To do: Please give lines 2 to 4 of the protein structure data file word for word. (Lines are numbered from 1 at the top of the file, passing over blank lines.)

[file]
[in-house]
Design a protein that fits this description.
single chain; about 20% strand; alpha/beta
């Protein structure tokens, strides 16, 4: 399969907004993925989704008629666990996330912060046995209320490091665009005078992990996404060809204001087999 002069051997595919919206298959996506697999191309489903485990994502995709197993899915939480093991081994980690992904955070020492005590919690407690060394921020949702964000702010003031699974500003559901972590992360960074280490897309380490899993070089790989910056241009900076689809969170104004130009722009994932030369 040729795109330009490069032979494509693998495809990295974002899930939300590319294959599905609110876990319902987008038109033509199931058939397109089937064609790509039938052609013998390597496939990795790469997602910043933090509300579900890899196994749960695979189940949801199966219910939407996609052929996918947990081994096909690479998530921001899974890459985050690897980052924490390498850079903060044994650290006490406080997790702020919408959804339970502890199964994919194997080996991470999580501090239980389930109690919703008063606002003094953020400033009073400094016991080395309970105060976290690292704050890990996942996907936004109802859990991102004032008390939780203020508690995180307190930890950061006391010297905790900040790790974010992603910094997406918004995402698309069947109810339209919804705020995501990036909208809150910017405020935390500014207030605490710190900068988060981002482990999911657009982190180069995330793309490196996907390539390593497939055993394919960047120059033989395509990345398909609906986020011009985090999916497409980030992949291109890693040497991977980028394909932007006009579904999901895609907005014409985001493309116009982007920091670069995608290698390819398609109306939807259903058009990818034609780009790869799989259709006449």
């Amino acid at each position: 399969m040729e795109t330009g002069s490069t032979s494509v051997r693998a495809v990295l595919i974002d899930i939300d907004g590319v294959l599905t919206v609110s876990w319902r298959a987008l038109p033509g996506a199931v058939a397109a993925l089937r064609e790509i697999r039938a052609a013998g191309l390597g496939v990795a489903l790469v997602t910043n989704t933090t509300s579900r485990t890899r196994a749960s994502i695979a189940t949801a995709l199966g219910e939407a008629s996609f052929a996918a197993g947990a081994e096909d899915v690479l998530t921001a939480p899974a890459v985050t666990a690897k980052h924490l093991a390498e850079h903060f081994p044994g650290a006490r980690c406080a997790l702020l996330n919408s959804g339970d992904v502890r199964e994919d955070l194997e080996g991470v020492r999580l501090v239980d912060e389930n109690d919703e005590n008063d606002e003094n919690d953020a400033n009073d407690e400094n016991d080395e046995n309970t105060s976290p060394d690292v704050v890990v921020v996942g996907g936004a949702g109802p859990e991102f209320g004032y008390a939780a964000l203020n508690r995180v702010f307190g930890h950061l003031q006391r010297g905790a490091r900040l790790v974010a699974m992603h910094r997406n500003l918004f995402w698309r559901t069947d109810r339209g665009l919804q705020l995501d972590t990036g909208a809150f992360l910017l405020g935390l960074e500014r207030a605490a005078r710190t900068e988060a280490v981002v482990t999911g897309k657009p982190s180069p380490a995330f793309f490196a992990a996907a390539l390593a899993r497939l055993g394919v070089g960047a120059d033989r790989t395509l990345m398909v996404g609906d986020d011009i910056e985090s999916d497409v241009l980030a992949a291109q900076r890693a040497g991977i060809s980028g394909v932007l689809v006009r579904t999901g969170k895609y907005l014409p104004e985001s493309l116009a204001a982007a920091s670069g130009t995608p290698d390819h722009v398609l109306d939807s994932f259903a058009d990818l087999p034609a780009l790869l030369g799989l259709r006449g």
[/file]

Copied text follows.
Design a protein that fits this description.
single chain; about 20% strand; alpha/beta
């Protein structure tokens, strides 16, 4: 399969907004993925989704008629666990996330912060046995209320490091665009005078992990996404060809204001087999 002069051997595919919206298959996506697999191309489903485990994502995709197993899915939480093991081994980690992904955070020492005590919690407690060394921020949702964000702010003031699974500003559901972590992360960074280490897309380490899993070089790989910056241009900076689809969170104004130009722009994932030369 040729795109330009490069032979494509693998495809990295974002899930939300590319294959599905609110876990319902987008038109033509199931058939397109089937064609790509039938052609013998390597496939990795790469997602910043933090509300579900890899196994749960695979189940949801199966219910939407996609052929996918947990081994096909690479998530921001899974890459985050690897980052924490390498850079903060044994650290006490406080997790702020919408959804339970502890199964994919194997080996991470999580501090239980389930109690919703008063606002003094953020400033009073400094016991080395309970105060976290690292704050890990996942996907936004109802859990991102004032008390939780203020508690995180307190930890950061006391010297905790900040790790974010992603910094997406918004995402698309069947109810339209919804705020995501990036909208809150910017405020935390500014207030605490710190900068988060981002482990999911657009982190180069995330793309490196996907390539390593497939055993394919960047120059033989395509990345398909609906986020011009985090999916497409980030992949291109890693040497991977980028394909932007006009579904999901895609907005014409985001493309116009982007920091670069995608290698390819398609109306939807259903058009990818034609780009790869799989259709006449």